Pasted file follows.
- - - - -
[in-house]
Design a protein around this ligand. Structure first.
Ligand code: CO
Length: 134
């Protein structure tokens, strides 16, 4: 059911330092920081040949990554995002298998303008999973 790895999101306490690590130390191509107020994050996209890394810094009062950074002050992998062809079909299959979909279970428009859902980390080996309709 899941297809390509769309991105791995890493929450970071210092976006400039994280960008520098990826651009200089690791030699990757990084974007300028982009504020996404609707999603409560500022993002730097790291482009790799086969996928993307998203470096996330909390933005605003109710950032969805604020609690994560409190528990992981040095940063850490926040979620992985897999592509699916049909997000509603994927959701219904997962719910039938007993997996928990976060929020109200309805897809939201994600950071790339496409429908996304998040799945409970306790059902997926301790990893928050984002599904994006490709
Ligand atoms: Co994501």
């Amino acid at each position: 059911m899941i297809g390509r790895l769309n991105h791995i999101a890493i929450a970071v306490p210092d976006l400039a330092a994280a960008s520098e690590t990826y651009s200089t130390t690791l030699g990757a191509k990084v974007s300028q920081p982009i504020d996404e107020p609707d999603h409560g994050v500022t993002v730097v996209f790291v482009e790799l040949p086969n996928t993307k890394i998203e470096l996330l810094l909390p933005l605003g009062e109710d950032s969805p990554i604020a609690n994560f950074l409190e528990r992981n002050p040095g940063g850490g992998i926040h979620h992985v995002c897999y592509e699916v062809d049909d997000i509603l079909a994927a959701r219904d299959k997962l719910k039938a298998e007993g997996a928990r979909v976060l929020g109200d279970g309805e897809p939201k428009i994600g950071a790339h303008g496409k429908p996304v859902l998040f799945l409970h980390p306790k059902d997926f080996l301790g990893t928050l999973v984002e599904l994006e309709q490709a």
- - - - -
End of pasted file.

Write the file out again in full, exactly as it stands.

[in-house]
Design a protein around this ligand. Structure first.
Ligand code: CO
Length: 134
């Protein structure tokens, strides 16, 4: 059911330092920081040949990554995002298998303008999973 790895999101306490690590130390191509107020994050996209890394810094009062950074002050992998062809079909299959979909279970428009859902980390080996309709 899941297809390509769309991105791995890493929450970071210092976006400039994280960008520098990826651009200089690791030699990757990084974007300028982009504020996404609707999603409560500022993002730097790291482009790799086969996928993307998203470096996330909390933005605003109710950032969805604020609690994560409190528990992981040095940063850490926040979620992985897999592509699916049909997000509603994927959701219904997962719910039938007993997996928990976060929020109200309805897809939201994600950071790339496409429908996304998040799945409970306790059902997926301790990893928050984002599904994006490709
Ligand atoms: Co994501």
């Amino acid at each position: 059911m899941i297809g390509r790895l769309n991105h791995i999101a890493i929450a970071v306490p210092d976006l400039a330092a994280a960008s520098e690590t990826y651009s200089t130390t690791l030699g990757a191509k990084v974007s300028q920081p982009i504020d996404e107020p609707d999603h409560g994050v500022t993002v730097v996209f790291v482009e790799l040949p086969n996928t993307k890394i998203e470096l996330l810094l909390p933005l605003g009062e109710d950032s969805p990554i604020a609690n994560f950074l409190e528990r992981n002050p040095g940063g850490g992998i926040h979620h992985v995002c897999y592509e699916v062809d049909d997000i509603l079909a994927a959701r219904d299959k997962l719910k039938a298998e007993g997996a928990r979909v976060l929020g109200d279970g309805e897809p939201k428009i994600g950071a790339h303008g496409k429908p996304v859902l998040f799945l409970h980390p306790k059902d997926f080996l301790g990893t928050l999973v984002e599904l994006e309709q490709a």